First, do yourself a favor and download the Hi-Lift manual:
Despite differences in bar size, color, and some materials, most Hi-Lift Jacks share very similar specs:
Most Hi-Lift parts are shared through the different models, which is why a UTV jack is specced mostly the same as an all-cast jack.
Hi-Lift Weight Capacities
The primary difference in weight capacities through Hi-Lift models is whether the jack comes with the heavy-duty top clamp clevis. If you already have a Hi-Lift, you can get similar gains and more functionality by using a Jack-Mate.
|All-Cast||Cast and Steel||Patriot||Xtreme||First Responder||UTV/Side x Side|
|Shear bolt breaks||7,000 lbs.||7,000 lbs.||7,000 lbs.||7,000 lbs.||7,000 lbs.||7,000 lbs.|
|Max permitted weight up to 48"||4,660 lbs||4,660 lbs||4,660 lbs||4,660 lbs||4,660 lbs||4,660 lbs|
|Max permitted weight 48"-60"||2,660 lbs.||2,660 lbs.||2,660 lbs.||2,660 lbs.||2,660 lbs.||NA|
|Max winching weight||5,000 lbs.||5,000 lbs.||5,000 lbs.||5,000 lbs.||5,000 lbs.||5,000 lbs.|
|Max clamping force||750 lbs.||750 lbs.||750 lbs.||4,660 lbs||4,660 lbs||4,660 lbs|
Some interesting things up there:
What happens when the shear bolt breaks?
Probably not much. The climbing pins will still hold the load. You'll have to replace the bolt with one from the Hi-Lift Fix-It kit and figure out how to run your load differently.
The most confusing thing for many people is what length Hi-Lift you should buy. Your primary concern is probably running out of jack before you get the job done.
One thing that can really help is a Lift Mate:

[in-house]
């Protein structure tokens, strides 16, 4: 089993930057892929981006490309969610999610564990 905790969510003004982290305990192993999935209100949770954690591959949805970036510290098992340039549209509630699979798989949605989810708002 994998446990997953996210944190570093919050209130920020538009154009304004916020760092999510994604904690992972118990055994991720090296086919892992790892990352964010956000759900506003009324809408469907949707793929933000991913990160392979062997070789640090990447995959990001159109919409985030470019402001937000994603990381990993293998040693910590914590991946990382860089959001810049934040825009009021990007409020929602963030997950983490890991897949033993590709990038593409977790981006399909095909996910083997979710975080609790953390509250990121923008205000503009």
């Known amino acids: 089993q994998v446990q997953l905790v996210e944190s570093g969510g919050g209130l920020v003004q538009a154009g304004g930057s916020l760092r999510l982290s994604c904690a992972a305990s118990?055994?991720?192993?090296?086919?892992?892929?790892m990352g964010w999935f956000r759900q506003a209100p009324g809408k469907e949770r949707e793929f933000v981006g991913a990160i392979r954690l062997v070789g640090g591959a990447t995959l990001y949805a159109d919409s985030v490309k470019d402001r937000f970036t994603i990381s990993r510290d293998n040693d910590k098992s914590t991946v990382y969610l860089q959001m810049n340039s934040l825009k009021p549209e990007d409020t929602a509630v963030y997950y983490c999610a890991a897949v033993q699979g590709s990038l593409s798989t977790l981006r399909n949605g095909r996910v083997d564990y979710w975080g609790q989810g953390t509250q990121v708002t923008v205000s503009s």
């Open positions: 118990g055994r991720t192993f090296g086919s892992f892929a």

It hooks on to your wheel so that you can jack directly at the wheel instead of maxing out your suspension then lifting the wheel. It's a lot safer than jacking the bejeezus out of your rig.
Hi-Lifts come in 4 different lengths:
All Hi-Lifts have the same minimum starting height: 4.5"
Check out our chart for the maximum lifting heights for each jack length.
For most offroaders, we'd pick the 48" or 60" jack. We see the 36" and 42" jacks as okay for UTVs, ATVs, and some stock 4x4s. If you're you're really in doubt, 48" is probably the most common choice and is plenty for most rigs.
|Bar length||Minimum height at nose||Maximum height at nose|
Here's the deal:
If you have bigger tires and a lift, everything is going to be further from the ground. A flexy suspension only makes it harder to get your wheel up. Using your jack at your bumpers and sliders is pretty common, so make sure you can reach them with whatever jack you get and still go higher!
Here's why you should get a 48-incher:
And here's why you should get a 60-incher:
All-Cast vs. Cast-and-Steel Hi-Lifts
Many people think that the all-cast jack is "stronger" than the cast-and-steel jack, but that isn't exactly true.
The cast-and-steel Hi Lifts use 4 steel parts that are cast in the all-cast jacks. The cast-and-steel jacks have the exact same weight capacities as the all-cast jacks. The only difference between them is wear.
Steel is softer than cast, so:
The cast-and-steel jacks will wear out more quickly over time than the all-cast Hi-Lifts.
The cost difference is pretty minimal between the two. And yes, Jenna, when you try to save a few bucks by buying the cheaper jack for my birthday when you don't even know which is better even though this is life-saving equipment, I know.
Is there an aluminum Hi-Lift?
Hi-Lift doesn't make an aluminum jack, and we know of no other company that makes any kind of aluminum farm jack.
Why not? There's probably some alloy of aluminum that would be just as strong as steel, but the amount of machining to make the jack would be cost-prohibitive.
Will My Hi-Lift Rust?
There is almost no way around this unless you just live in a place where steel doesn't rust. So why do they rust and how we can slow it down?